Mara had brought the cello over to England in 1784. After his wife separated from him in 1799 he lost his main source of income and, soon after, in 1802, he was forced to sell his instrument. It was bought by one of the leading cellists of the time, John Crosdill (c.1751–1825), who was appointed chamber musician to Queen Charlotte, wife of George III, and cello teacher to the Prince of Wales.
From this point on, the value of the ‘Mara’ continually rose: in 1808 John Betts (1752–1823) bought the instrument from Crosdill for the sum of £100, and sold it shortly afterwards for £150 to amateur cellist William Champion. In 1810 it was auctioned at Phillips in London, where it was bought by Godfrey Bosville Macdonald, the third Baron Macdonald of Sleat (1775–1832), for £210. The next owner was the English cellist and conductor Charles Lucas (1808–69), who played in Italian opera houses. Around 1860 it was purchased by a banker named John Whitmore Isaac (1807–84, above right) for roughly £300.
It seems to have left the Isaac family when the estate and house passed to Isaac’s grandson. It then went back to the Hills, who found a new customer for it: Alessandro Pezze (1835–1914), teacher of the renowned cellist Leo Stern. Pezze acquired the instrument in December 1887 and played on it for 15 years. In 1902 he sold it to amateur cellist H.J. Gardner, who kept it until 1908 when he brought it back to the Hills.
Two years later the ‘Mara’ was bought by wealthy Argentinian industrialist Carlos Alfredo Tornquist Altgelt (1885–1953) and spent more than 20 years in South America. It was bought from Tornquist Altgelt by amateur player Murray Lees who kept it until his death, when it went back to the Hills. On 9 July 1954 they sold it to professional cellist Amedeo Baldovino (1916–98) of Rome.
It was while the ‘Mara’ was in Baldovino’s custody that disaster struck. He had owned it for nine years by that time, and the previous year had joined the celebrated Trio di Trieste. While on a concert tour of the Americas, he and the other members of the trio, violinist Renato Zanettovich and pianist Dario De Rosa, found themselves stuck in Montevideo when their plane to Buenos Aires was grounded by fog. After long hours of uncertainty, the group decided to take a river steamer.
They embarked in the evening and started their journey on the River Plate. They should have reached their destination the following day, in time for their next appointment. At 4.30am, with only 30 miles to go to Buenos Aires, Baldovino was awoken by a shout of ‘Salvavidas!’ (‘Lifebelts!’). ‘I saw that they were starting to fight over the lifeboats, and I understood that things could go badly,’ Baldovino wrote later. ‘I only had my cello; everything else had remained in my cabin. All of a sudden I saw a flame under the bridge.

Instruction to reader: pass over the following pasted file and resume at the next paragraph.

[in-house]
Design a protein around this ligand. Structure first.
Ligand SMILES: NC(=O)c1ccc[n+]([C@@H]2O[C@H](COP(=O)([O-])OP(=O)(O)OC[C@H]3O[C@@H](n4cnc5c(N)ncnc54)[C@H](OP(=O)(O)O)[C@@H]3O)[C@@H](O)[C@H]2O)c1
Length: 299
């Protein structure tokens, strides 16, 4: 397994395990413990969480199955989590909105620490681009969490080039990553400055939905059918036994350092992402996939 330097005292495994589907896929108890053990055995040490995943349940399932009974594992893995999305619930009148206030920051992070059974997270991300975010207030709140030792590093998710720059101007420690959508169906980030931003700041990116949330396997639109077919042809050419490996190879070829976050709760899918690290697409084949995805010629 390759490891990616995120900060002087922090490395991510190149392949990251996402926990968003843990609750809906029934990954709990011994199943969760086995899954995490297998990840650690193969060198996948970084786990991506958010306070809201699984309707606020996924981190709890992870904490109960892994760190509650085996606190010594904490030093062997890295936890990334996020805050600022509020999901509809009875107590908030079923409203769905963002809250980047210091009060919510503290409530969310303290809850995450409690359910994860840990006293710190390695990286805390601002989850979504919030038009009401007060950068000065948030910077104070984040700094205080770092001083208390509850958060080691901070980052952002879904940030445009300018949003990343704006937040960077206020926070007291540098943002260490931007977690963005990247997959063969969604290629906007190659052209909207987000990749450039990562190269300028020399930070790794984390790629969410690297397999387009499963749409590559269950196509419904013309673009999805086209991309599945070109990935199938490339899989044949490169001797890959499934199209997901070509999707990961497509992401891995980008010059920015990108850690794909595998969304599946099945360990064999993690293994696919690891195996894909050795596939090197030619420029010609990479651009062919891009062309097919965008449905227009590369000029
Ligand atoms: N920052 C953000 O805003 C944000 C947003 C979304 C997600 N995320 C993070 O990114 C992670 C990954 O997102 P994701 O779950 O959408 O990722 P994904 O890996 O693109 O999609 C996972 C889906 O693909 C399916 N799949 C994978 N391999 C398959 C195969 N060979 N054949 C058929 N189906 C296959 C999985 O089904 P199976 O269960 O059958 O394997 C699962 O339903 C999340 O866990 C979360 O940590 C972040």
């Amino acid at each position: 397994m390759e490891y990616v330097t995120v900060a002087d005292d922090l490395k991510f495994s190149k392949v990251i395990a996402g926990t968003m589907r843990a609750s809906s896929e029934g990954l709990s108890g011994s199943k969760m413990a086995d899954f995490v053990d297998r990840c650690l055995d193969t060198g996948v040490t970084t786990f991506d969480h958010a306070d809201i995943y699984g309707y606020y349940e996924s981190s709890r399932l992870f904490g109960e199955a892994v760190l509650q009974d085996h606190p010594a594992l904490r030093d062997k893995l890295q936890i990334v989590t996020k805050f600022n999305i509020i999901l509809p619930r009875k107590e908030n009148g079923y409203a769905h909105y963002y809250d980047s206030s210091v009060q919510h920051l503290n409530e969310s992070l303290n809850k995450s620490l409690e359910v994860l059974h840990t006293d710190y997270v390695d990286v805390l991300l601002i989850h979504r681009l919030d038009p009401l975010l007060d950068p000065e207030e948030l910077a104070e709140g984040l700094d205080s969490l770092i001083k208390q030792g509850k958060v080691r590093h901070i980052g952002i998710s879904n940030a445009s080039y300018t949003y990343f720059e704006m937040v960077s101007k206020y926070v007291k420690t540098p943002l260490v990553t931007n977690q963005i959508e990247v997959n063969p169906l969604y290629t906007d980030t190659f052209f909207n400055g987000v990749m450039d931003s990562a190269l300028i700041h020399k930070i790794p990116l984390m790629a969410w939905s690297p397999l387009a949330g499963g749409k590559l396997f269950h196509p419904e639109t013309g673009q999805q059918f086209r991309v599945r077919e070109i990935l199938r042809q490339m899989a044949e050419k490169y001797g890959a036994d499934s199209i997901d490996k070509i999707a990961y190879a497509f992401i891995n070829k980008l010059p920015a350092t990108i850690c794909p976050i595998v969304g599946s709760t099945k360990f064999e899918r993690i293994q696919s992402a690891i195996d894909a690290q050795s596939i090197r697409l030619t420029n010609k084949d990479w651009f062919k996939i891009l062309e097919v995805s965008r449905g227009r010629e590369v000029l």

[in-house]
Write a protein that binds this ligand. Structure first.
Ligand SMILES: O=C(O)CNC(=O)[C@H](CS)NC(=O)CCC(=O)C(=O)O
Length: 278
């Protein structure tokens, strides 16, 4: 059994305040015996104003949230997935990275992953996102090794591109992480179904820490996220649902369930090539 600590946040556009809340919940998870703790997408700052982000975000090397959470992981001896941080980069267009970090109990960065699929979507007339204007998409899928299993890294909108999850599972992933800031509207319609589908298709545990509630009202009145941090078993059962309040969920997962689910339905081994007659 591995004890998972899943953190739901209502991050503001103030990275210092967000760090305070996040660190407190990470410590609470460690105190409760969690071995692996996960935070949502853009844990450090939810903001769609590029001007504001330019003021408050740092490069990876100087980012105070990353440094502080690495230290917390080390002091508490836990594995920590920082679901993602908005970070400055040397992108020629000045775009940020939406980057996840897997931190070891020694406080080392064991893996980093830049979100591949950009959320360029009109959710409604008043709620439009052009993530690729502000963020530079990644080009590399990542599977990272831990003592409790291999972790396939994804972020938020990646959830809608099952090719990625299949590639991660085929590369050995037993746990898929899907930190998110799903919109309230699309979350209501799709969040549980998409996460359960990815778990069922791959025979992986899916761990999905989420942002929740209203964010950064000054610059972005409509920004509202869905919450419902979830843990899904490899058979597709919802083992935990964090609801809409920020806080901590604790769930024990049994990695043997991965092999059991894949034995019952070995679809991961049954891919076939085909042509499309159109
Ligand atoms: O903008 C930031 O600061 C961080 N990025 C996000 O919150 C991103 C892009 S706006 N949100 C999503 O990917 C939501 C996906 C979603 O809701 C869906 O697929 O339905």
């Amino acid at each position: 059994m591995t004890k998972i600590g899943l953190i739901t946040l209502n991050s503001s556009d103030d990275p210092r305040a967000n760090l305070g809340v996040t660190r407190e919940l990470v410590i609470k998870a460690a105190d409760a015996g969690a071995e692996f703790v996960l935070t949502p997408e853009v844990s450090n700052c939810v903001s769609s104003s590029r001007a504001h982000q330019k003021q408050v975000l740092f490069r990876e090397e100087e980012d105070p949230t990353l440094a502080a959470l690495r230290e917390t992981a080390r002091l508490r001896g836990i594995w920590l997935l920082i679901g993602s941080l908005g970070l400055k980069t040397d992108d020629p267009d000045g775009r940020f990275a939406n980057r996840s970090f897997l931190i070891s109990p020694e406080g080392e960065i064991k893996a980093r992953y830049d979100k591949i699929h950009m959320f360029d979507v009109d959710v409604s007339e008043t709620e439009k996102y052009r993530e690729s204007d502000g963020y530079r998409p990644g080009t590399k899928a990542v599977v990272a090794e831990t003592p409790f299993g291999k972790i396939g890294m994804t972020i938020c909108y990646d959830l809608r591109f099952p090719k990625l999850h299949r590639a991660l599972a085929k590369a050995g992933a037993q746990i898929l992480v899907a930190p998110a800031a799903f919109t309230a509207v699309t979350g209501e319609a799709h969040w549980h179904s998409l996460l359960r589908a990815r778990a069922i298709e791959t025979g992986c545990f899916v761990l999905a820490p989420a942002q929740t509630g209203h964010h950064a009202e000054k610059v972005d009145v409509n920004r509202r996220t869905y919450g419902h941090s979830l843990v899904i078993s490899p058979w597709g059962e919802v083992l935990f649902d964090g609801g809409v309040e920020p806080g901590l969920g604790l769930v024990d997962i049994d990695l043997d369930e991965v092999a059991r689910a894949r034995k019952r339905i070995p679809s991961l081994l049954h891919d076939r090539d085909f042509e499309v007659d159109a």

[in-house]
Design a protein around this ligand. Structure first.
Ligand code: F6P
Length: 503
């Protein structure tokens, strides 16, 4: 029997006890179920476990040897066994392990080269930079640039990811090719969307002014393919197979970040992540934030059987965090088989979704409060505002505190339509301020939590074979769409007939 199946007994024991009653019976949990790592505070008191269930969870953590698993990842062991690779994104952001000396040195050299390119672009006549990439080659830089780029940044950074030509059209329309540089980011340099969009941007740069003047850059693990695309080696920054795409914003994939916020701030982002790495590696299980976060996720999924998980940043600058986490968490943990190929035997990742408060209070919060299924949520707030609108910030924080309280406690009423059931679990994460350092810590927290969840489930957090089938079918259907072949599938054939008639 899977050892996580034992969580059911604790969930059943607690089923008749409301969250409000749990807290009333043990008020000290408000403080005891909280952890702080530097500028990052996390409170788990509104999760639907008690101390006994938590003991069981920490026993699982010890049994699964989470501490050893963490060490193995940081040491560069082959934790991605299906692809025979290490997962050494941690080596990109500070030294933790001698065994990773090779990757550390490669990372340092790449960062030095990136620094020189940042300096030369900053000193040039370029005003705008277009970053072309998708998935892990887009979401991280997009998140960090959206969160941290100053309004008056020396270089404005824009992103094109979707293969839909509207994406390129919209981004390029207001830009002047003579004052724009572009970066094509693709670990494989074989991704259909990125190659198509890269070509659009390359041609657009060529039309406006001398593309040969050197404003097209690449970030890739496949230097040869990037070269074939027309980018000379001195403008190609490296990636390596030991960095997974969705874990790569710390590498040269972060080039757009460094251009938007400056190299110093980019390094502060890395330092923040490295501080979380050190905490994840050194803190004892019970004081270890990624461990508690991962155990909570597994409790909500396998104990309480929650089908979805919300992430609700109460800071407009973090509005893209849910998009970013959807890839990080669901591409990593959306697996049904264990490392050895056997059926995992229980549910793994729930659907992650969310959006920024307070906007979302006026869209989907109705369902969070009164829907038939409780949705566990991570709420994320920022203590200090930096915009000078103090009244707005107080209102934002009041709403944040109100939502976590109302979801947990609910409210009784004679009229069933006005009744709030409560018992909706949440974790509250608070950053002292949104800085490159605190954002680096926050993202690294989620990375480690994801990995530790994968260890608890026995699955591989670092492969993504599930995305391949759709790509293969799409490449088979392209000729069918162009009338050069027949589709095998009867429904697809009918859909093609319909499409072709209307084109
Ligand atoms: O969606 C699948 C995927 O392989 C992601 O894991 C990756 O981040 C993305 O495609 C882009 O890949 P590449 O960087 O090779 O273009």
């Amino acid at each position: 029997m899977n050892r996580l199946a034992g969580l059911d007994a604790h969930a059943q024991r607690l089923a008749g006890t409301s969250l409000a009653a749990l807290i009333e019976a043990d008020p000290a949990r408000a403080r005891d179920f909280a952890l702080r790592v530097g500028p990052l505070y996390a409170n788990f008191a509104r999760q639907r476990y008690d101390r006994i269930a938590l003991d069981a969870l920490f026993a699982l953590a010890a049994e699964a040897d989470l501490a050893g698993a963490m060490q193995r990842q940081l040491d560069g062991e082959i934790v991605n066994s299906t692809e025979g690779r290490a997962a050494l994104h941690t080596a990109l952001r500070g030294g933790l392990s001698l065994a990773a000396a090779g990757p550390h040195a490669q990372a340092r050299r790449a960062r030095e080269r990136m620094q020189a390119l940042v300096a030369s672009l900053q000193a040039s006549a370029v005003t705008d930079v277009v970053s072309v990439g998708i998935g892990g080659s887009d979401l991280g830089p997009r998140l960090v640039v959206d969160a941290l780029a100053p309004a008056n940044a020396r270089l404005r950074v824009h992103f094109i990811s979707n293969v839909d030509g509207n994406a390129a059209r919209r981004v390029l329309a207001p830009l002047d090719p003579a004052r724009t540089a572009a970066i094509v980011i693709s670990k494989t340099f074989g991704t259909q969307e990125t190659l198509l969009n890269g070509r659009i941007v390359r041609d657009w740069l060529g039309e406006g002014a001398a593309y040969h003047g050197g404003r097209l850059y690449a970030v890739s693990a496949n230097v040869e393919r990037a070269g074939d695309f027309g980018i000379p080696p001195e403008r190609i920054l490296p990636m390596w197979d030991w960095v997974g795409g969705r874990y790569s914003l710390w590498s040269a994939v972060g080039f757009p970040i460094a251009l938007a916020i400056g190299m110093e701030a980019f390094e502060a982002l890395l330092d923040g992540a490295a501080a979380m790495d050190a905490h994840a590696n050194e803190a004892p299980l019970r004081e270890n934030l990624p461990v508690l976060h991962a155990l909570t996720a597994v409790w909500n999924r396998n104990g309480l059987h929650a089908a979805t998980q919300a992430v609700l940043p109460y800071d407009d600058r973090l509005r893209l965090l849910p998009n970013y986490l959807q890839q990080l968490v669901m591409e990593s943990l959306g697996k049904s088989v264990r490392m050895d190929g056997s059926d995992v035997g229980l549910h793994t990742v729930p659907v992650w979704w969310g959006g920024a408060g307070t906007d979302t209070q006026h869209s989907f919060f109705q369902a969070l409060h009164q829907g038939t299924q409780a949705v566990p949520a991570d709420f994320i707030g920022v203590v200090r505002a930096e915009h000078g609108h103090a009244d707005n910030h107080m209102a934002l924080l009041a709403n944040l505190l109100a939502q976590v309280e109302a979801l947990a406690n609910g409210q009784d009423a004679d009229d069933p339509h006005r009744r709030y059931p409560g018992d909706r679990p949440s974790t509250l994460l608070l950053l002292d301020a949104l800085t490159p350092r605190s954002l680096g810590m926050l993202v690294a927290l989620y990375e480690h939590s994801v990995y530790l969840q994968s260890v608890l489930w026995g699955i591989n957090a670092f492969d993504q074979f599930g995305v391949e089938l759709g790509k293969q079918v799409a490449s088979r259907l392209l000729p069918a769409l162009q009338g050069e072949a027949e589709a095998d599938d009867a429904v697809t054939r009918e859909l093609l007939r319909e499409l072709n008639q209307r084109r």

Suddenly, everyone was aware that their lives were hanging in the balance. One can only imagine the panic that ensued. There was pushing and shoving towards the lifeboats, which seemed to be jammed in their positions, all except for one which was lowered into the sea, and then turned over through having too many passengers.’ With his two companions, Baldovino managed to throw some life rafts overboard, then jumped into the river after them.
‘I don’t know exactly when I abandoned the “Mara”. My instinct for survival took over the reality of what was happening.’ He was picked up by a lifeboat several hours later, and made it to Buenos Aires: ‘I confess that for a long time I did not think of the “Mara”… it was when I awoke the next morning that the enormous significance of the loss of my “Mara” hit me.’
When the news spread that the ‘Mara’ had been rescued, Baldovino could not believe it. The cello case had indeed been found with the instrument inside – or what was left of it. ‘At first sight it was not an instrument that appeared, but a quantity of pieces which I tried avidly to identify, putting them together as well as I could as a possible reconstruction of the “Mara”. In a short time I realised that it could not be done. It was impossible to distinguish between all the fragments.’
It took the Hills seven hundred hours over nine months, at a cost of £1,000, to bring the instrument back to its outstanding shape and tonal qualities. Baldovino continued to perform on it until a few years before he died, calling it ‘my master and trusty friend for almost 42 years’. The cello went back to the Hills and was then acquired by J.&A. Beare, which sold it in 1996 to a German industrialist, who loaned it to Heinrich Schiff.
Such is the strange and unusual history of the ‘Mara’ Stradivari, which continues to delight and inspire audiences of the present day, in the hands of Christian Poltéra.